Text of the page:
More will chime in..
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  #3  
Old 10-09-2009, 09:07 AM
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Quote:
Originally Posted by bsmuwk View Post
You have/had a W124 before, so you know all about the A/C evaporator. They were all crap and would leak freon and cause you all sorts of problems. Dash has to be removed in order to change the evaporator. Very expensive job to get done elsewhere, if you do it yourself, it's not that expensive.

More will chime in..
Speaking of the A/C.... It seems like there is something people complained about being too small (maybe the condenser??) Is this still the case with the later R134 models? or did they beef the A/C up to handle it?

And... After 1993 = R134? or is it later?
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Tom's Imports of Columbia Missouri Ruined the IP in changing leaky delivery valve O-Rings - Refused to stand behind his work. Mid-MO MB drivers-AVOID Tom's!
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  #4  
Old 10-09-2009, 10:59 AM
LarryBible
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Yes, the 124 is a worse candidate for 12 to 134 conversion than is the 123 car due to a too small condensor. The good news is that the 124 cars were among some of the earliest to come from the factory with 134. As I recall I looked at a 91 that was factory 134, but it might have been a 92.

That said, here's my response to all these questions that you ask: None of that really matters unless you are deciding between two cars in the exact same CONDITION.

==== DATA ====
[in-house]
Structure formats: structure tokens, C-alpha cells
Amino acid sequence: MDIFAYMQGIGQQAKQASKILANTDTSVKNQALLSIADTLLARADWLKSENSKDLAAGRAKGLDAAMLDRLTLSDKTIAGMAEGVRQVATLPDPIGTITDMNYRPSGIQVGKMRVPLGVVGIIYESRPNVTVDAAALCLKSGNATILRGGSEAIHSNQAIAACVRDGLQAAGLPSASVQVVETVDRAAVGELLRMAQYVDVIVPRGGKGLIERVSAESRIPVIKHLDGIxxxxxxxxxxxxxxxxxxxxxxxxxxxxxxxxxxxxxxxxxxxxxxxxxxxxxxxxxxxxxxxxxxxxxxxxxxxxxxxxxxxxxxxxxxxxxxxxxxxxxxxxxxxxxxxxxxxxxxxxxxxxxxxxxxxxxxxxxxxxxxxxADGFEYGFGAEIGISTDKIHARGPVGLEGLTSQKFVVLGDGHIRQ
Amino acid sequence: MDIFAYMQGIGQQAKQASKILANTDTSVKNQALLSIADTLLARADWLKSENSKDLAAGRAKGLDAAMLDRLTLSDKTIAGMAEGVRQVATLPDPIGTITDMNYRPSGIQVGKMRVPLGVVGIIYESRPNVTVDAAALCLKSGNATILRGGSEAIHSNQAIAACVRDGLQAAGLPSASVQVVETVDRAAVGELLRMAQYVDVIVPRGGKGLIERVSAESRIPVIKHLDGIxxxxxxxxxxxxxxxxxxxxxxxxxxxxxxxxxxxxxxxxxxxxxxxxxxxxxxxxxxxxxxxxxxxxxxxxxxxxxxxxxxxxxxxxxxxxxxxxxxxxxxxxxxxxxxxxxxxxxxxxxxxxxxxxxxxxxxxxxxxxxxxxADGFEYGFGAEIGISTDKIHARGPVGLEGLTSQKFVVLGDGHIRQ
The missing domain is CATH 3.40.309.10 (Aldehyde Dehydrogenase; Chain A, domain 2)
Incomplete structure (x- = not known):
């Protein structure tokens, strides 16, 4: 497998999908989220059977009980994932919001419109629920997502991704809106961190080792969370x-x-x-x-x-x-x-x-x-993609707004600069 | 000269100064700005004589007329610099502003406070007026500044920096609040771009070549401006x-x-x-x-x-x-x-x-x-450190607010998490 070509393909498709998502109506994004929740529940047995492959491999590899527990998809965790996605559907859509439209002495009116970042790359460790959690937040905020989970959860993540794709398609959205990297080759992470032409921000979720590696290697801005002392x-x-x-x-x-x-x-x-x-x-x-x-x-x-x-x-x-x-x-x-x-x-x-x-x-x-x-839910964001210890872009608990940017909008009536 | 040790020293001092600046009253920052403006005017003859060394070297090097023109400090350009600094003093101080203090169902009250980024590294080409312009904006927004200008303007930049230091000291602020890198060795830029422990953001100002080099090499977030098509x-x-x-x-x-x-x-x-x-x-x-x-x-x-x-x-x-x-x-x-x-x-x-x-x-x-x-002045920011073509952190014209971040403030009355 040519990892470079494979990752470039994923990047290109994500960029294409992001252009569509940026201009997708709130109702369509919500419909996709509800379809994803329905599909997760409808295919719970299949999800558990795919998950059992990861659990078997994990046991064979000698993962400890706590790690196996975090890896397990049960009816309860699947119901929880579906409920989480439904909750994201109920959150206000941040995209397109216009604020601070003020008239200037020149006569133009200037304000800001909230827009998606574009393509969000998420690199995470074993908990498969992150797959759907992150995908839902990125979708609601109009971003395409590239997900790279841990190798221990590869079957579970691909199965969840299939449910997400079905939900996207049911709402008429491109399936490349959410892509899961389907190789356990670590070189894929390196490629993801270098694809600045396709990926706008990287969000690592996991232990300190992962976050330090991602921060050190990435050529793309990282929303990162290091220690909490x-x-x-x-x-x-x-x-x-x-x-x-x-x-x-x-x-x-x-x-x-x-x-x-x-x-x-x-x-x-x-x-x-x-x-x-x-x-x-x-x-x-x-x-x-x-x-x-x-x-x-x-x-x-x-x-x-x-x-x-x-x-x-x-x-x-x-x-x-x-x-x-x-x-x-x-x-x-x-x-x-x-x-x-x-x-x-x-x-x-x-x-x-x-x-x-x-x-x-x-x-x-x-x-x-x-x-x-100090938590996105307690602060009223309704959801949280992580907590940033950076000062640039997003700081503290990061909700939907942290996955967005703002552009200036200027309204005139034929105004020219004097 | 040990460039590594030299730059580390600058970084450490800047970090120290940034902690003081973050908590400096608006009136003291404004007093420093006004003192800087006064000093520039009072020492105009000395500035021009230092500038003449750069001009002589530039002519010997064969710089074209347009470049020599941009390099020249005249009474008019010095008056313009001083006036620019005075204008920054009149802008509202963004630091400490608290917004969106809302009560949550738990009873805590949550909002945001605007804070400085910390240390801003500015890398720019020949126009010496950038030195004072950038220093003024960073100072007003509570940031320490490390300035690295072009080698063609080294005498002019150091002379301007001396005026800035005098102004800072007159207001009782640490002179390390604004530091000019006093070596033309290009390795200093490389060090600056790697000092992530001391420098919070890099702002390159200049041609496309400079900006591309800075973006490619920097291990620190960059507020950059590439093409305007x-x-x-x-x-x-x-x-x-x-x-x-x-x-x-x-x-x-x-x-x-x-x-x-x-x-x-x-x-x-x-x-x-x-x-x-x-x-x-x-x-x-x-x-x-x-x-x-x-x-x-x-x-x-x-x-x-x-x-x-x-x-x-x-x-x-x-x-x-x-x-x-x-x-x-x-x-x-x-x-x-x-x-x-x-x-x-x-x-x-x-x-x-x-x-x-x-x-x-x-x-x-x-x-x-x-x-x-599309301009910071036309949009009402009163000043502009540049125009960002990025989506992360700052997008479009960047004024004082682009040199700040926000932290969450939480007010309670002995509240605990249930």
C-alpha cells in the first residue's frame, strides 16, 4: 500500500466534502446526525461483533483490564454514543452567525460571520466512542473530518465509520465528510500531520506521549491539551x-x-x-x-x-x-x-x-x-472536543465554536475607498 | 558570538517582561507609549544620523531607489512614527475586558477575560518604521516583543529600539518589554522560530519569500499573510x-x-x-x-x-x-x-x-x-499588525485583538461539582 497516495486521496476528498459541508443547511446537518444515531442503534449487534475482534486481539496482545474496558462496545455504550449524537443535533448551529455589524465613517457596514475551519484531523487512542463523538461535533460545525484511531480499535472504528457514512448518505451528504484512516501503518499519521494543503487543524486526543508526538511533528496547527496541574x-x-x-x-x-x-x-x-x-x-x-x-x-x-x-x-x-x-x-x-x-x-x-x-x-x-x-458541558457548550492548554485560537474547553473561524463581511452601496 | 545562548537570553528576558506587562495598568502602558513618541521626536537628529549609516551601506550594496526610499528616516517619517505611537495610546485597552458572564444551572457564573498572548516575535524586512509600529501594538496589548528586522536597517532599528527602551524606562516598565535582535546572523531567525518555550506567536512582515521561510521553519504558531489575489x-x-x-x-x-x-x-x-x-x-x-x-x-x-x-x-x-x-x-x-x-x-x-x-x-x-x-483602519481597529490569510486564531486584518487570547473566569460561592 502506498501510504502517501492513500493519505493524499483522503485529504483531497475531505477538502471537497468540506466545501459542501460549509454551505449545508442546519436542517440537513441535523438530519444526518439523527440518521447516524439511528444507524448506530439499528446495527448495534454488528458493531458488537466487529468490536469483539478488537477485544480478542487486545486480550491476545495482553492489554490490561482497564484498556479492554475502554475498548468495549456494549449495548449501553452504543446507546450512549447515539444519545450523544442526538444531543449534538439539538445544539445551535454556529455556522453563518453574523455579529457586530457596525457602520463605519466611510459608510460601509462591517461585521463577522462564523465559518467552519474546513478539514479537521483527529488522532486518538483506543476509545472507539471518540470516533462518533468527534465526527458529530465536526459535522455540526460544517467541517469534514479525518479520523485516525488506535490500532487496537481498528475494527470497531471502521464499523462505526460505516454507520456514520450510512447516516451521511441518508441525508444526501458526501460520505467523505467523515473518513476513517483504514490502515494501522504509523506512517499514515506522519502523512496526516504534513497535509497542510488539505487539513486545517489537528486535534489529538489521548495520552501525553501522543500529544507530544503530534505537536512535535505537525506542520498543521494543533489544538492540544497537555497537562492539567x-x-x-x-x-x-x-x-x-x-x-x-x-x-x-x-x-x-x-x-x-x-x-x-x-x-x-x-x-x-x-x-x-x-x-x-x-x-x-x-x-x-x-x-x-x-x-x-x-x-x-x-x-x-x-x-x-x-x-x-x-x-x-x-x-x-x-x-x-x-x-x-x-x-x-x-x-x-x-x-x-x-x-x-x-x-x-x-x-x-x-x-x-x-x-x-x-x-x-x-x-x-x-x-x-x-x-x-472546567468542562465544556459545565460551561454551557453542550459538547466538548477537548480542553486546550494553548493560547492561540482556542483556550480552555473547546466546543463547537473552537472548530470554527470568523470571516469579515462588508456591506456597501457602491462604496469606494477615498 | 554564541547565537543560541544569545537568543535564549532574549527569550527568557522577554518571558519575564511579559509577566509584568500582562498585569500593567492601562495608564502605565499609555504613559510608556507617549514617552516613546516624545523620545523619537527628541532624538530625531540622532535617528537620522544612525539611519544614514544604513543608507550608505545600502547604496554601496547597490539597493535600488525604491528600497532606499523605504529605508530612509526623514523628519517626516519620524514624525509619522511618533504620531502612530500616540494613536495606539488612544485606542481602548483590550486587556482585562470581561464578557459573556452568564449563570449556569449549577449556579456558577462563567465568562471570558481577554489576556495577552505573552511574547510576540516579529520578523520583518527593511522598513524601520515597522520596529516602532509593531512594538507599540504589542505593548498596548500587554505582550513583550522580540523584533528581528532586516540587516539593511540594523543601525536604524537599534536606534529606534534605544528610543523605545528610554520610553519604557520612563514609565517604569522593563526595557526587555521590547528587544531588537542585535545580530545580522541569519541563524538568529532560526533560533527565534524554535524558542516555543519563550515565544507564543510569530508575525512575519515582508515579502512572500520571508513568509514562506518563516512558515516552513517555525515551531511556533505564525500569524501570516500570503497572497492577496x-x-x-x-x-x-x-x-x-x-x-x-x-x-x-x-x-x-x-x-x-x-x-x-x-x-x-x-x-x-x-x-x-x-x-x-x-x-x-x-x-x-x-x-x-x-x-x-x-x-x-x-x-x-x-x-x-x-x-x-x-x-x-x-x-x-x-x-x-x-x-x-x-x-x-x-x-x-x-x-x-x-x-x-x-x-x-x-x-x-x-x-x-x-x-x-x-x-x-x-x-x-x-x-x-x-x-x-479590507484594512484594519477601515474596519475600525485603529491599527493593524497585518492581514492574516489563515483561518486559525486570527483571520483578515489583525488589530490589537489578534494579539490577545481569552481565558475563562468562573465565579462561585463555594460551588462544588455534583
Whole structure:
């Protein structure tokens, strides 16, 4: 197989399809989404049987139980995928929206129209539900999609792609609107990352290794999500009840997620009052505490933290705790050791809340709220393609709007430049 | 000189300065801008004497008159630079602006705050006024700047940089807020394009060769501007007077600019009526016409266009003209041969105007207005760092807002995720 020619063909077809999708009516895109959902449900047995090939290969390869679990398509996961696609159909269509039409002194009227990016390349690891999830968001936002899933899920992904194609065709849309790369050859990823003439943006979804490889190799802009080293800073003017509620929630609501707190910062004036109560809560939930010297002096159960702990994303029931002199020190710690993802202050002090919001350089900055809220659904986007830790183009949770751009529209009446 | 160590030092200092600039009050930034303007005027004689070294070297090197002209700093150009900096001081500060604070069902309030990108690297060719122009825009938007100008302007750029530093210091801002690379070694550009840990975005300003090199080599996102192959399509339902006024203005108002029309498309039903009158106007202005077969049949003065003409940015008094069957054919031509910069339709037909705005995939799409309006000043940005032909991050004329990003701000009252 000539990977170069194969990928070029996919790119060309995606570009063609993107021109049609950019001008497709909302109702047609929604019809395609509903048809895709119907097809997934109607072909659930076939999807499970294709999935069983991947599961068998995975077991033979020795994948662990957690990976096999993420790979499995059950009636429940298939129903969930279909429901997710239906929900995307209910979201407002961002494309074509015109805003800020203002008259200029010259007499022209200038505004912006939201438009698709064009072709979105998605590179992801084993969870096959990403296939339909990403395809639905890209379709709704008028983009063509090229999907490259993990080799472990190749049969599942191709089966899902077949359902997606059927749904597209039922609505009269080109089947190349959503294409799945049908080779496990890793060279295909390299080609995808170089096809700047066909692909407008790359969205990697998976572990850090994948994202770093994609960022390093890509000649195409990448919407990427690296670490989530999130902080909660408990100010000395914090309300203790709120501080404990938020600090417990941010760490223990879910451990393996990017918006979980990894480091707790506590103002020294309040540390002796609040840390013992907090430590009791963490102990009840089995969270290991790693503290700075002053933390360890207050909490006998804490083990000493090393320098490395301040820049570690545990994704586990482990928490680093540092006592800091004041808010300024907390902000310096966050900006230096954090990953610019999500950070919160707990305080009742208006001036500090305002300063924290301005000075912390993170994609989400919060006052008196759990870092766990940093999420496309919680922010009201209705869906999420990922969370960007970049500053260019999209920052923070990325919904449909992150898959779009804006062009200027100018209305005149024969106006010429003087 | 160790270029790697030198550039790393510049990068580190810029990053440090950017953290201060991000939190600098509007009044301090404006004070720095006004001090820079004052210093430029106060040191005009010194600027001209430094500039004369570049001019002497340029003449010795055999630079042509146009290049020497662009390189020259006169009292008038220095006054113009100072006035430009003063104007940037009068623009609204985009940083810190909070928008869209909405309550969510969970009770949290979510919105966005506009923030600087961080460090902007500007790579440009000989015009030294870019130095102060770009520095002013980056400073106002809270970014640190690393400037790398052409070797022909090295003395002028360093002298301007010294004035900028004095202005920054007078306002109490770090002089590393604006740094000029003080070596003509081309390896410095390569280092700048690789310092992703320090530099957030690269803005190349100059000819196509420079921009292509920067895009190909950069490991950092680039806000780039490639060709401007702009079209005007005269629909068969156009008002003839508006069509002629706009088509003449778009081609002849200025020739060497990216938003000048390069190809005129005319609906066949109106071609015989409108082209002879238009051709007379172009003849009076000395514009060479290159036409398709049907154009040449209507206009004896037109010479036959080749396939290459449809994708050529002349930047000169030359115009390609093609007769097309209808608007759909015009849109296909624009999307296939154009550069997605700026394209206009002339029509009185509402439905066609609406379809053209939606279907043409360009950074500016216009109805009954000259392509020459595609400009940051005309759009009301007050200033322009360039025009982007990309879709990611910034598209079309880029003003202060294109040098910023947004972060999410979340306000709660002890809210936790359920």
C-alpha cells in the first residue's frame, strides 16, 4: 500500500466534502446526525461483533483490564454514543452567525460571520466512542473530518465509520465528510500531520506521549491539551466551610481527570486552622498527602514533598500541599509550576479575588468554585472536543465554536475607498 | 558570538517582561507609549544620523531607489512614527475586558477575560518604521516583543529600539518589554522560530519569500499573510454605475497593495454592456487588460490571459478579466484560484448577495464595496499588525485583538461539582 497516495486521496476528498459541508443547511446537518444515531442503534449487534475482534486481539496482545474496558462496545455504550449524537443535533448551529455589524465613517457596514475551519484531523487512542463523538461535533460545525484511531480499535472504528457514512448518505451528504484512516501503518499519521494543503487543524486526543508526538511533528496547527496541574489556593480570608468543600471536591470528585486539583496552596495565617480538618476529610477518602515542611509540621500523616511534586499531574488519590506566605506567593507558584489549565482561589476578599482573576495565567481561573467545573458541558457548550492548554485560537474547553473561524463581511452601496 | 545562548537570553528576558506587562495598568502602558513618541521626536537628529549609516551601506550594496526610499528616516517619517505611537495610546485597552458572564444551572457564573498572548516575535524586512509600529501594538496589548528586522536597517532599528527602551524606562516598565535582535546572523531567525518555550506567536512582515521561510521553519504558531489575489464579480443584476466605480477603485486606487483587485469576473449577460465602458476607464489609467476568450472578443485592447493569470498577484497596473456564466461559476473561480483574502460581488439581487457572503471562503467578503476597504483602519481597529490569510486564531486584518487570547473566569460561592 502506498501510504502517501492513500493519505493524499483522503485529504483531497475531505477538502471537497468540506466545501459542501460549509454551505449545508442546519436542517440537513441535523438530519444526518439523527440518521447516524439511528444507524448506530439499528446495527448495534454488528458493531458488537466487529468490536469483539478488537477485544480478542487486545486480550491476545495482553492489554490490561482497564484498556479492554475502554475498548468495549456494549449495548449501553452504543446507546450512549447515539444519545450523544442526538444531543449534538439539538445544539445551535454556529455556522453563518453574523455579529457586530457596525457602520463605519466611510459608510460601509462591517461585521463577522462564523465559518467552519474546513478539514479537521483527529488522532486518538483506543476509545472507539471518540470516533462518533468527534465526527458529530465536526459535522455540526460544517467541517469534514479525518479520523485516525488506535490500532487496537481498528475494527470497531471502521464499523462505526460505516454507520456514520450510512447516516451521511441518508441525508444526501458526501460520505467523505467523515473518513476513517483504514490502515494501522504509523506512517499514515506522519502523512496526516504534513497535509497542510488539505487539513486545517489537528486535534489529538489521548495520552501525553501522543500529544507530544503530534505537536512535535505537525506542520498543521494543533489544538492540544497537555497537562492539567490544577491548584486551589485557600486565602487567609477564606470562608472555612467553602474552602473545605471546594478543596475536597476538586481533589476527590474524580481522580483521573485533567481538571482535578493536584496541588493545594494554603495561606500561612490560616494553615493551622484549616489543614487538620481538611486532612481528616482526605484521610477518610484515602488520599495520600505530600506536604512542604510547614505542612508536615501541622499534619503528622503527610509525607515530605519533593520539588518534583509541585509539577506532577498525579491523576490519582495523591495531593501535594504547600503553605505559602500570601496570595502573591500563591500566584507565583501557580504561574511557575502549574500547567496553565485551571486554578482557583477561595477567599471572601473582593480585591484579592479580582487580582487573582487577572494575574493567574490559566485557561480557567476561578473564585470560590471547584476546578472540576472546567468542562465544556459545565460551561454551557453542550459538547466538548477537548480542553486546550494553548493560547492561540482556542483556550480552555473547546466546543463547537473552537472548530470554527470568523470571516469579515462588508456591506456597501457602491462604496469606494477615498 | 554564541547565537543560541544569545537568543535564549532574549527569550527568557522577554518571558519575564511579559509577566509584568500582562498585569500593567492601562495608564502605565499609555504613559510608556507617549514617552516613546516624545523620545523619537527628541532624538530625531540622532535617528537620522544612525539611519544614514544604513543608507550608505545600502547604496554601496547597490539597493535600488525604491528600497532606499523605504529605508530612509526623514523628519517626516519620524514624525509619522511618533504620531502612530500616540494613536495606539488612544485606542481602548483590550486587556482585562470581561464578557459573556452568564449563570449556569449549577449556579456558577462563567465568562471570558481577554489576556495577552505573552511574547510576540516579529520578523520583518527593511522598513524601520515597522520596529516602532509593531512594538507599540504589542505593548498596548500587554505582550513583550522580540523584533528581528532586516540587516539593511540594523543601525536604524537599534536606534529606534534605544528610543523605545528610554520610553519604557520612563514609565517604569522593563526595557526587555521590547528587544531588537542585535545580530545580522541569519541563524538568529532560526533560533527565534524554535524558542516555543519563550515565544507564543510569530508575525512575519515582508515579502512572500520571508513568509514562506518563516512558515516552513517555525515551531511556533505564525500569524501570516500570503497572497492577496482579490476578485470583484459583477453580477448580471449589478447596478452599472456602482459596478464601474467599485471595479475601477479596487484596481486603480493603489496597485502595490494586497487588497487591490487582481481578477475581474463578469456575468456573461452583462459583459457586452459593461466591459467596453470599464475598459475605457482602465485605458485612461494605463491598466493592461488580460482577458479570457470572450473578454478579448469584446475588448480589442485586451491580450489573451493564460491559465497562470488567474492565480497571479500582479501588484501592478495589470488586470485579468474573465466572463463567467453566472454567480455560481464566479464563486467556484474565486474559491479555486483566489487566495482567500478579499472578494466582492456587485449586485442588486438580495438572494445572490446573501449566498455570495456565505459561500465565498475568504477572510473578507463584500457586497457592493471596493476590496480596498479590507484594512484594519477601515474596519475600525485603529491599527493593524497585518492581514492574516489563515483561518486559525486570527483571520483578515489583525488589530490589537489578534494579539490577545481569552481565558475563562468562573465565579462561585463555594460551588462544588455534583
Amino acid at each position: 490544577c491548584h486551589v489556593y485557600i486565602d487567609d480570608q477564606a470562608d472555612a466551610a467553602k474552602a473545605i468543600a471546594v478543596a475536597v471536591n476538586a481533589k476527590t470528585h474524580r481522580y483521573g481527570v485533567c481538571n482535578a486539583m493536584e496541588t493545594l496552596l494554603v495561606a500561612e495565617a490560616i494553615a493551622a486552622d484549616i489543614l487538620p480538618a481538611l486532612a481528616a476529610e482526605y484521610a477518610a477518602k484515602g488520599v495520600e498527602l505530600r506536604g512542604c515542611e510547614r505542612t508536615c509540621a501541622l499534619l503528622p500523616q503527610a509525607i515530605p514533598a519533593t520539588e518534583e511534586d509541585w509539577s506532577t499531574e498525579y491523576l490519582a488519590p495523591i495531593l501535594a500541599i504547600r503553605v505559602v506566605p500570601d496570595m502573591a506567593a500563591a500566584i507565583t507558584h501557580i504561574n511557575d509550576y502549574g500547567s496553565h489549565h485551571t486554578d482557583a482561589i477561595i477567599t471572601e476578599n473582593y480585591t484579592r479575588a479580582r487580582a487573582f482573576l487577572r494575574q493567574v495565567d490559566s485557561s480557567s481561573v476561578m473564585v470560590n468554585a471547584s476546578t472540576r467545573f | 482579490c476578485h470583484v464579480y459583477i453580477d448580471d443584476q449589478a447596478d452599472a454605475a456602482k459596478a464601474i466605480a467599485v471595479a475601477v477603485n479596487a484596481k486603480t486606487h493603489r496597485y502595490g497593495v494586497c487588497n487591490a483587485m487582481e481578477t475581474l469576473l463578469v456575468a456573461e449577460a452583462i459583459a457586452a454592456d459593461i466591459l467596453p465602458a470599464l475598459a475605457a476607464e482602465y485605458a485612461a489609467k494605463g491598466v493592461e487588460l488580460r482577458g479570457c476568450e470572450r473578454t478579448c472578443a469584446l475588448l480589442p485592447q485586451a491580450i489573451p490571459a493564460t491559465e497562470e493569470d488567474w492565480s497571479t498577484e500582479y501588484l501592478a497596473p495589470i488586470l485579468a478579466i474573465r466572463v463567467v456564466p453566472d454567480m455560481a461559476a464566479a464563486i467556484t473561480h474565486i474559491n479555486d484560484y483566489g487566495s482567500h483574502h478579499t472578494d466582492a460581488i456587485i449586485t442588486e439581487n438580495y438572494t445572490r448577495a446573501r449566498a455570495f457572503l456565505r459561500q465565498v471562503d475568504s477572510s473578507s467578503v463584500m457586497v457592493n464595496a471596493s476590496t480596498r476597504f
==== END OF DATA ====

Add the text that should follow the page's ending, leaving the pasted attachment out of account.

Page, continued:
By FAR, the most important three criteria when selecting a used car are:

condition
Condition
CONDITION

With all the questions you asked, it's pretty much a wash. Just find a very nice, very well maintained example. That's more important than any of the other stuff. When you're buying a NEW car, then those are the kinds of things to consider, but not with a used car.

My $0.02,
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  #5  
Old 10-09-2009, 11:37 AM
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Quote:
Originally Posted by LarryBible View Post
The good news is that the 124 cars were among some of the earliest to come from the factory with 134. As I recall I looked at a 91 that was factory 134, but it might have been a 92.
The V8's (400E, 500E) and the diesel models came with r134a in 1992.